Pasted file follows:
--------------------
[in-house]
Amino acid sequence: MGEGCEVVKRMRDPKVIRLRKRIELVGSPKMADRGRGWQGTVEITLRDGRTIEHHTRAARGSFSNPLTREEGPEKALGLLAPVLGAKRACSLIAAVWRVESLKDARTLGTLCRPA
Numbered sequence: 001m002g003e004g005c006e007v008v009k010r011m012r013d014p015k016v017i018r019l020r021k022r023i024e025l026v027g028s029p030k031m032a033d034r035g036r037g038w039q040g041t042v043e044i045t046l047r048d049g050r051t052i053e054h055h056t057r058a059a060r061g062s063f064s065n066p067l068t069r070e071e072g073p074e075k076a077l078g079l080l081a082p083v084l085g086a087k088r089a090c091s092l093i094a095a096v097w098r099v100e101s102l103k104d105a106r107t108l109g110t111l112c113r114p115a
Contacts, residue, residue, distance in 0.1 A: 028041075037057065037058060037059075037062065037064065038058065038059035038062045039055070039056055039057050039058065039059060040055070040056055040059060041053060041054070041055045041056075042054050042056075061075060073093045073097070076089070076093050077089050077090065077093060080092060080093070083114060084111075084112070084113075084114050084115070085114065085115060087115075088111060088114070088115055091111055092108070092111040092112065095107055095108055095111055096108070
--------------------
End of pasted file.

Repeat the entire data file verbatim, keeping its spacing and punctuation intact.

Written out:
[in-house]
Amino acid sequence: MGEGCEVVKRMRDPKVIRLRKRIELVGSPKMADRGRGWQGTVEITLRDGRTIEHHTRAARGSFSNPLTREEGPEKALGLLAPVLGAKRACSLIAAVWRVESLKDARTLGTLCRPA
Numbered sequence: 001m002g003e004g005c006e007v008v009k010r011m012r013d014p015k016v017i018r019l020r021k022r023i024e025l026v027g028s029p030k031m032a033d034r035g036r037g038w039q040g041t042v043e044i045t046l047r048d049g050r051t052i053e054h055h056t057r058a059a060r061g062s063f064s065n066p067l068t069r070e071e072g073p074e075k076a077l078g079l080l081a082p083v084l085g086a087k088r089a090c091s092l093i094a095a096v097w098r099v100e101s102l103k104d105a106r107t108l109g110t111l112c113r114p115a
Contacts, residue, residue, distance in 0.1 A: 028041075037057065037058060037059075037062065037064065038058065038059035038062045039055070039056055039057050039058065039059060040055070040056055040059060041053060041054070041055045041056075042054050042056075061075060073093045073097070076089070076093050077089050077090065077093060080092060080093070083114060084111075084112070084113075084114050084115070085114065085115060087115075088111060088114070088115055091111055092108070092111040092112065095107055095108055095111055096108070